A photograph with a blurred background of a person holding a vial that reads "COVID-19 Vaccine".

Is the COVID Vaccine Less Effective in Cancer Patients?

  • Over the course of the last 4 months, most of the population has jumped for joy at the development of the COVID-19 vaccine. Getting vaccinated is exciting, and it is one of the major steps that we can all take toward ending this pandemic.

    We know that the COVID-19 vaccinations authorized for use in the United States by the Food and Drug Administration (FDA) are both safe and highly effective. While the vaccines were not initially studied in cancer patients, Fox Chase Cancer Center, along with every major medical professional group, recommends vaccination for cancer patients and survivors as soon as possible.

    Recently, there have been more studies performed on the effectiveness of the vaccine when given to patients with particular types of cancer. As these studies are being shared with the public, it’s important to focus on what we know is true and recognize that there is still information yet to be discovered.

    How Does the COVID-19 Vaccine Work?

    In order to understand the effectiveness of the vaccine in different individuals, it’s helpful to know how the vaccine works. The COVID-19 vaccines give our body a set of instructions to make a protein (the “spike protein”) specific to the virus (SARS-COV-2) that we are trying to protect against. The body’s immune cells recognize that the protein does not belong and fight it off by creating antibodies.

    Vaccinating Patients with Hematologic Malignancies

    The cells of our immune system originate in the bone marrow and then circulate in the blood and our lymphatic system so they can protect the body.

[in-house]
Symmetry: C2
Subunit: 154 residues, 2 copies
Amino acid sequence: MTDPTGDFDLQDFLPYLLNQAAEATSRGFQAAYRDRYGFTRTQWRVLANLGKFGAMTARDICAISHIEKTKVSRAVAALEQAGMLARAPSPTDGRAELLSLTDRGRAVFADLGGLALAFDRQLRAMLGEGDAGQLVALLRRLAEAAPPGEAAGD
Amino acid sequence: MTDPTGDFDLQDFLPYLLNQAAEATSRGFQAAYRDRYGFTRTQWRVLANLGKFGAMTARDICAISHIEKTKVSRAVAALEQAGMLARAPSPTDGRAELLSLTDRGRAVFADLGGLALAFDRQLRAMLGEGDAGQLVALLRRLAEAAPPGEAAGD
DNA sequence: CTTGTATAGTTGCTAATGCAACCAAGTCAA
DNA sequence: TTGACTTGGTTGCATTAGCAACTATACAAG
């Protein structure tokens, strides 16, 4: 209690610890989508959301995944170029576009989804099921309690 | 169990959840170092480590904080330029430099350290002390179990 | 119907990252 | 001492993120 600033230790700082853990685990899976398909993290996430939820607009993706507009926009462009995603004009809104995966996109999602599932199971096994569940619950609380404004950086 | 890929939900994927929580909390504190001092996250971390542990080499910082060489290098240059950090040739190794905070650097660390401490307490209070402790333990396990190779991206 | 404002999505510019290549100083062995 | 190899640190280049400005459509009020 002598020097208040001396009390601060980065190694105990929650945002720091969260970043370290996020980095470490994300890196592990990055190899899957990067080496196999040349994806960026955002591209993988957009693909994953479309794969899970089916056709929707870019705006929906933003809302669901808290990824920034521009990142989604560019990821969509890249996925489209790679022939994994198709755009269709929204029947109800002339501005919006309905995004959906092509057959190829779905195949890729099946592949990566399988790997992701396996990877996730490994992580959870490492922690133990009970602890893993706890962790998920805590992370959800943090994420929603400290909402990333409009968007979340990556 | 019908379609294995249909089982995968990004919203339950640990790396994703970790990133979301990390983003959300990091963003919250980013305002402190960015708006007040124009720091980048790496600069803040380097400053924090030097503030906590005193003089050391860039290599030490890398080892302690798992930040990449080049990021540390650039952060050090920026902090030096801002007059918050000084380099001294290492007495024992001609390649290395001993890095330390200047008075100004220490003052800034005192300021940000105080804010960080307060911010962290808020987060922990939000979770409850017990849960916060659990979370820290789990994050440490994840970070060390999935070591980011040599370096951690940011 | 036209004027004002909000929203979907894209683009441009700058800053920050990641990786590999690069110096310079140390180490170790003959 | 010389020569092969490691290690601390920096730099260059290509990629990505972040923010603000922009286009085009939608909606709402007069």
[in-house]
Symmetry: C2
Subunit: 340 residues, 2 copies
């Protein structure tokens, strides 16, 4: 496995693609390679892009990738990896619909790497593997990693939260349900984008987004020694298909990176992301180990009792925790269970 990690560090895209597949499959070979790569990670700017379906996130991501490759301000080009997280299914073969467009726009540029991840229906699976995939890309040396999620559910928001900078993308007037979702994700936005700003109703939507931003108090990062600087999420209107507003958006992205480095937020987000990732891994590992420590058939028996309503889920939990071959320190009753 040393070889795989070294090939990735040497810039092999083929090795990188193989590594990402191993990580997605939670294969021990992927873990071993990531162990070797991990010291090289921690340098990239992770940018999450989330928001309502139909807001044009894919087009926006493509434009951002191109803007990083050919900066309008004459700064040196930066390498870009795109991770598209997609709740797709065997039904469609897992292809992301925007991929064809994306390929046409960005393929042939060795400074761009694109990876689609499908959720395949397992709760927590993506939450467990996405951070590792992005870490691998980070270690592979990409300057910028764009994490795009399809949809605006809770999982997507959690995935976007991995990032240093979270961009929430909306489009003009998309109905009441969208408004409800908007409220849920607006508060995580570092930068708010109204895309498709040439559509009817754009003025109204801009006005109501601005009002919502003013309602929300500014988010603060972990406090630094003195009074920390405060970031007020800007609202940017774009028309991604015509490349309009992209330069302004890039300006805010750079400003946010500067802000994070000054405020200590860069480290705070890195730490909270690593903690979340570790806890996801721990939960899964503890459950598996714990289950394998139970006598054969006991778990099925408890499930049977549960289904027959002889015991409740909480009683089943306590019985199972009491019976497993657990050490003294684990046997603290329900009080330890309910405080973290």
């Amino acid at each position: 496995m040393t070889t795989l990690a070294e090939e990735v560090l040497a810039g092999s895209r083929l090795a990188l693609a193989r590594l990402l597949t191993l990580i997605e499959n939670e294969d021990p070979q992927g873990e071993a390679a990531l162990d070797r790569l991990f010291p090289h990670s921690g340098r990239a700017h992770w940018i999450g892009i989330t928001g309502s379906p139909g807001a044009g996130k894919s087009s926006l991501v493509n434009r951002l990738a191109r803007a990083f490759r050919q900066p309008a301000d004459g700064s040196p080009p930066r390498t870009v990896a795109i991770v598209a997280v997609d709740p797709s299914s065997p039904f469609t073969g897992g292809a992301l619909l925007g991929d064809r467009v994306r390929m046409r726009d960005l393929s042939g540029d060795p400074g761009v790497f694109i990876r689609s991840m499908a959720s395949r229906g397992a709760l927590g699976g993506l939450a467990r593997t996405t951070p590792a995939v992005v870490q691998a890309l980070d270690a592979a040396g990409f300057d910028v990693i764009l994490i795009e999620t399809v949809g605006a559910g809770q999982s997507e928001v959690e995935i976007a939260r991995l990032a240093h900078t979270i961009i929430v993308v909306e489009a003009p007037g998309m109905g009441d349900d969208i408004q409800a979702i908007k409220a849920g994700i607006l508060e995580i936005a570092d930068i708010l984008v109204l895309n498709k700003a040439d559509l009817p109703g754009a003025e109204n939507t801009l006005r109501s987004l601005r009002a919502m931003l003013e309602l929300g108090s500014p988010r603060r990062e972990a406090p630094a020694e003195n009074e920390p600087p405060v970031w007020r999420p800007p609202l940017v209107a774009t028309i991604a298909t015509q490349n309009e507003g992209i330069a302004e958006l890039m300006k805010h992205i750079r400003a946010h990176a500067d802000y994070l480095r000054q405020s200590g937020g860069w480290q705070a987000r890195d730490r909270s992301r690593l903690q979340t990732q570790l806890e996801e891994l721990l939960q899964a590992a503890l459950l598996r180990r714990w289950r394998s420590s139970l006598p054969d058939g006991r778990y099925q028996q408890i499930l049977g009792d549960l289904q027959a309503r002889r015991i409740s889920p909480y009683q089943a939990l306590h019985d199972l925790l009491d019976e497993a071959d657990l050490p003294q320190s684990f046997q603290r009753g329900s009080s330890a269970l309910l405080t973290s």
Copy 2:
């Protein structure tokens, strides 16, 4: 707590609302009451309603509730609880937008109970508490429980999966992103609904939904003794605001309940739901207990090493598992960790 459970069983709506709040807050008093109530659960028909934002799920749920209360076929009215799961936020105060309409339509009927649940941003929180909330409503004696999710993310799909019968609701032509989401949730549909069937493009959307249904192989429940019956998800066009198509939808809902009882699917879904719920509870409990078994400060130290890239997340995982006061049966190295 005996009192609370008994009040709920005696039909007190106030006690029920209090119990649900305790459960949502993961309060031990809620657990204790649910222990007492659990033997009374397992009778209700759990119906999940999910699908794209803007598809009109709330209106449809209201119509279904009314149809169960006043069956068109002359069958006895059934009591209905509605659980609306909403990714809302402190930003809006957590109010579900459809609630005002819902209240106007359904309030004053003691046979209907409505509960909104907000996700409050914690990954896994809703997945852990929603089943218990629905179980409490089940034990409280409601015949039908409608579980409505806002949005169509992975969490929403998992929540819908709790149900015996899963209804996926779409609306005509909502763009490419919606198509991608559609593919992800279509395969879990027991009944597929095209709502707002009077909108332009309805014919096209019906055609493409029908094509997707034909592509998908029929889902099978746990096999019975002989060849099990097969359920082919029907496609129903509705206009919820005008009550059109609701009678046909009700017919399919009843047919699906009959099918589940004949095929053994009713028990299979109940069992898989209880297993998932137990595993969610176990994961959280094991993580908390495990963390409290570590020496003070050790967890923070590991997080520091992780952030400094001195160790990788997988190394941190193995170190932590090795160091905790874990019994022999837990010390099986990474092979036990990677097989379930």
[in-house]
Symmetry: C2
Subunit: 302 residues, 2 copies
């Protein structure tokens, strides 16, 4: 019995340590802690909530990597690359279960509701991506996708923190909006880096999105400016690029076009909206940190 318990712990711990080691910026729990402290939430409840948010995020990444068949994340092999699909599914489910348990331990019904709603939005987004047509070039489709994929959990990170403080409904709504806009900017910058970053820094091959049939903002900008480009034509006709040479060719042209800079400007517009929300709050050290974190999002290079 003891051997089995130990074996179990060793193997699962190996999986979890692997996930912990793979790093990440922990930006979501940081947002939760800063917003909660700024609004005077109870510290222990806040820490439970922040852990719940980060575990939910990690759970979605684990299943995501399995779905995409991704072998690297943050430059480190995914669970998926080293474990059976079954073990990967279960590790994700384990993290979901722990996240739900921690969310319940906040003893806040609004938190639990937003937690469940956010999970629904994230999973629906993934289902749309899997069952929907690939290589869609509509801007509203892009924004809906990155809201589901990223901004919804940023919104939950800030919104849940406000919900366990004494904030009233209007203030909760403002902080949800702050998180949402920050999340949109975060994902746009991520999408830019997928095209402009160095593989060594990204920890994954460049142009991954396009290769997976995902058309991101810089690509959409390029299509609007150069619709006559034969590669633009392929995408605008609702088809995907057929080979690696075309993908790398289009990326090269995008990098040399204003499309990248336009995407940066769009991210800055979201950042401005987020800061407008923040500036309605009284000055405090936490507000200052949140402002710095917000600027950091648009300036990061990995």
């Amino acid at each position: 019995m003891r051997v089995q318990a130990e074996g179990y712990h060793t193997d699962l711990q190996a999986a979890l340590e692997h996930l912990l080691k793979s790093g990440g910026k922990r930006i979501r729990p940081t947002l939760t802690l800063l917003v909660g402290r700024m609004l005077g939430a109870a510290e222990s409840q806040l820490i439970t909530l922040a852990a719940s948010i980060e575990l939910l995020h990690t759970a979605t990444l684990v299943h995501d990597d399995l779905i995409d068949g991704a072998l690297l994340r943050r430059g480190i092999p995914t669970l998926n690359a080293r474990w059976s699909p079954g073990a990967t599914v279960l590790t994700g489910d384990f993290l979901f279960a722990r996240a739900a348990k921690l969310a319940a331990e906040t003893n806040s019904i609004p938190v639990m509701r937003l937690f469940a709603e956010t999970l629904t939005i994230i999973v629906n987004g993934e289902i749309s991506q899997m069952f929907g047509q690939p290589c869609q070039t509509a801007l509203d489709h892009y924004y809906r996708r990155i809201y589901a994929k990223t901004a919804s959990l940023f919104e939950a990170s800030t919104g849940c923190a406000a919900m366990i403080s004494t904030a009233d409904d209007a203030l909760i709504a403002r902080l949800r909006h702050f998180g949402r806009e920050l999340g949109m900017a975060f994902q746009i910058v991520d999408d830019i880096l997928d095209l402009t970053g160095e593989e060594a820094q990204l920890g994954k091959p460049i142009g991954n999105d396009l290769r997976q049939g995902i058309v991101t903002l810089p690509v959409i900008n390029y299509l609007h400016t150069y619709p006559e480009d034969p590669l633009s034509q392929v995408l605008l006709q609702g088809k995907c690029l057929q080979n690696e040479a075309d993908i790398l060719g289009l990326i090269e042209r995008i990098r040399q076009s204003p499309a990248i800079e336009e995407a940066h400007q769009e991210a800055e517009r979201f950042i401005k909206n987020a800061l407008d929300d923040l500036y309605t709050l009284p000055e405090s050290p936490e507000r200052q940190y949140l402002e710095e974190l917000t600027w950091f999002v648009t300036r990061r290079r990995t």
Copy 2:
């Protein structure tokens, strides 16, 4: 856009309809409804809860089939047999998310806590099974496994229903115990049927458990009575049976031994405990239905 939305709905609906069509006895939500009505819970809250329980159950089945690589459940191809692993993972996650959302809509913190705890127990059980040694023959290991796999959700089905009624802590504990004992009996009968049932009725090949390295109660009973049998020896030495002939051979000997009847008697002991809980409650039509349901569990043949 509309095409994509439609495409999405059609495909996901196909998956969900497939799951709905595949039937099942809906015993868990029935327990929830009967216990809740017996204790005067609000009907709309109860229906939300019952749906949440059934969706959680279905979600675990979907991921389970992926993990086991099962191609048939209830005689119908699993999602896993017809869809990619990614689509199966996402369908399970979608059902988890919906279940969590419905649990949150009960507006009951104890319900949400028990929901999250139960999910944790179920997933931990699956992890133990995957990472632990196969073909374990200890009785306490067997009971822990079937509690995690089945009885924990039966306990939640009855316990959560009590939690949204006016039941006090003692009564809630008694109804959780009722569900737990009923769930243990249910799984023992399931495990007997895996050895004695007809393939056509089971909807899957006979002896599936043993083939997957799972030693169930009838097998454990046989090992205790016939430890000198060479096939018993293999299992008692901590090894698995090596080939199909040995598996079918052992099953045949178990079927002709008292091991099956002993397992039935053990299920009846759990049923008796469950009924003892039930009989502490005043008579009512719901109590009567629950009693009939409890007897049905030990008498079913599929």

Many cancers of the blood, like leukemia, lymphoma, and multiple myeloma, affect the body’s ability to engage the immune system the same as in a healthy individual. “For these patients, it is expected that there would be a lower degree of response in patients with a hematologic malignancy or blood cancer,” explained Martin J. Edelman, MD, Chair of the Department of Hematology/Oncology at Fox Chase Cancer Center. “Even though a reduced immune response is typical of all vaccines in patients with hematologic malignancies, there is still some protection, which is better than none at all.”

    Vaccine Protection in Patients with Any Form of Cancer

    Patients who are receiving active treatment for any cancer may also have a slightly compromised immune system. Common treatments for cancer like chemotherapy and radiation often diminish the body’s immune response. At this time, we are unsure whether this will decrease the effectiveness of the COVID-19 vaccines in cancer patients, but it would not be surprising if it did to some extent.

    “Regardless of whether you are being actively treated for cancer or have been treated for cancer in the past, we recommend that you get the COVID-19 vaccination as soon as possible,” Edelman said. “The sooner you are vaccinated, the better.”

    While the COVID-19 vaccination is new, the act of cancer patients receiving vaccines during treatment is not. And the same theory applies: Some protection is better than no protection. So, while it is expected that there may be a lower degree of response in some patients with cancer, it is important to still take this step as soon as possible.

    “Even if the COVID-19 vaccine is less effective in patients with cancer, it still offers protection in terms of both preventing infection and severe disease caused by this coronavirus,” Edelman said.

    Continuing to Practice Precautions

    While the approved COVID-19 vaccines offer substantial protection in the normal population, maintaining precautions against COVID-19 is essential. Keep masking; keep practicing social distancing. Especially in people with compromised immune systems, we are not at a point where we can let our guard down.